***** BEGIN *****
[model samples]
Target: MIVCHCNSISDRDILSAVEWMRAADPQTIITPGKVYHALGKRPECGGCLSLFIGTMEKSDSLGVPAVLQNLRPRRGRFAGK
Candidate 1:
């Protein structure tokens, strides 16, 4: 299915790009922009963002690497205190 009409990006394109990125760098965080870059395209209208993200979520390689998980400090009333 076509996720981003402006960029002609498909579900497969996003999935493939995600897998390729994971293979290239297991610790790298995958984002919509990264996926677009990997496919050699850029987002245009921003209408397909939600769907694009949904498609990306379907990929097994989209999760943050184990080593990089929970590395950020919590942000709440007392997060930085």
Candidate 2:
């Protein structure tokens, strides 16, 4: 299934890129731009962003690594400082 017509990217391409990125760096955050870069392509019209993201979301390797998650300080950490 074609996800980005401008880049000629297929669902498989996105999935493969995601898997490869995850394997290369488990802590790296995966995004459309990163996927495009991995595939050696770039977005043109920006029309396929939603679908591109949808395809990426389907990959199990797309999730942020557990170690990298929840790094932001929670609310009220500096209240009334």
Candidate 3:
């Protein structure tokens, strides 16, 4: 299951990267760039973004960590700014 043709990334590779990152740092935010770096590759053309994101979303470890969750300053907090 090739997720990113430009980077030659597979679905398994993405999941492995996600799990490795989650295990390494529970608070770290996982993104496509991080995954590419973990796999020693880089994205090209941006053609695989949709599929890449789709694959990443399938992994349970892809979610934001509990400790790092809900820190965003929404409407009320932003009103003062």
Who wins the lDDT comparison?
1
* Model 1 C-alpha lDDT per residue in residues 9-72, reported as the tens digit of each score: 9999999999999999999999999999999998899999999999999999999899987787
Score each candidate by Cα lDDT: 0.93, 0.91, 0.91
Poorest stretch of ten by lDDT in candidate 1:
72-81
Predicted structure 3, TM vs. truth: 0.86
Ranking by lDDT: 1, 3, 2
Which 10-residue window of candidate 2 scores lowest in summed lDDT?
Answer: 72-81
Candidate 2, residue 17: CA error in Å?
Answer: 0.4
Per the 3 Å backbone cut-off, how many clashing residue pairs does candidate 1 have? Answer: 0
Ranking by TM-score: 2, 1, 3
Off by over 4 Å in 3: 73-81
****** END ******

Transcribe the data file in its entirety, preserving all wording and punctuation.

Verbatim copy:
[model samples]
Target: MIVCHCNSISDRDILSAVEWMRAADPQTIITPGKVYHALGKRPECGGCLSLFIGTMEKSDSLGVPAVLQNLRPRRGRFAGK
Candidate 1:
């Protein structure tokens, strides 16, 4: 299915790009922009963002690497205190 009409990006394109990125760098965080870059395209209208993200979520390689998980400090009333 076509996720981003402006960029002609498909579900497969996003999935493939995600897998390729994971293979290239297991610790790298995958984002919509990264996926677009990997496919050699850029987002245009921003209408397909939600769907694009949904498609990306379907990929097994989209999760943050184990080593990089929970590395950020919590942000709440007392997060930085």
Candidate 2:
């Protein structure tokens, strides 16, 4: 299934890129731009962003690594400082 017509990217391409990125760096955050870069392509019209993201979301390797998650300080950490 074609996800980005401008880049000629297929669902498989996105999935493969995601898997490869995850394997290369488990802590790296995966995004459309990163996927495009991995595939050696770039977005043109920006029309396929939603679908591109949808395809990426389907990959199990797309999730942020557990170690990298929840790094932001929670609310009220500096209240009334």
Candidate 3:
């Protein structure tokens, strides 16, 4: 299951990267760039973004960590700014 043709990334590779990152740092935010770096590759053309994101979303470890969750300053907090 090739997720990113430009980077030659597979679905398994993405999941492995996600799990490795989650295990390494529970608070770290996982993104496509991080995954590419973990796999020693880089994205090209941006053609695989949709599929890449789709694959990443399938992994349970892809979610934001509990400790790092809900820190965003929404409407009320932003009103003062």
Who wins the lDDT comparison?
1
* Model 1 C-alpha lDDT per residue in residues 9-72, reported as the tens digit of each score: 9999999999999999999999999999999998899999999999999999999899987787
Score each candidate by Cα lDDT: 0.93, 0.91, 0.91
Poorest stretch of ten by lDDT in candidate 1:
72-81
Predicted structure 3, TM vs. truth: 0.86
Ranking by lDDT: 1, 3, 2
Which 10-residue window of candidate 2 scores lowest in summed lDDT?
Answer: 72-81
Candidate 2, residue 17: CA error in Å?
Answer: 0.4
Per the 3 Å backbone cut-off, how many clashing residue pairs does candidate 1 have? Answer: 0
Ranking by TM-score: 2, 1, 3
Off by over 4 Å in 3: 73-81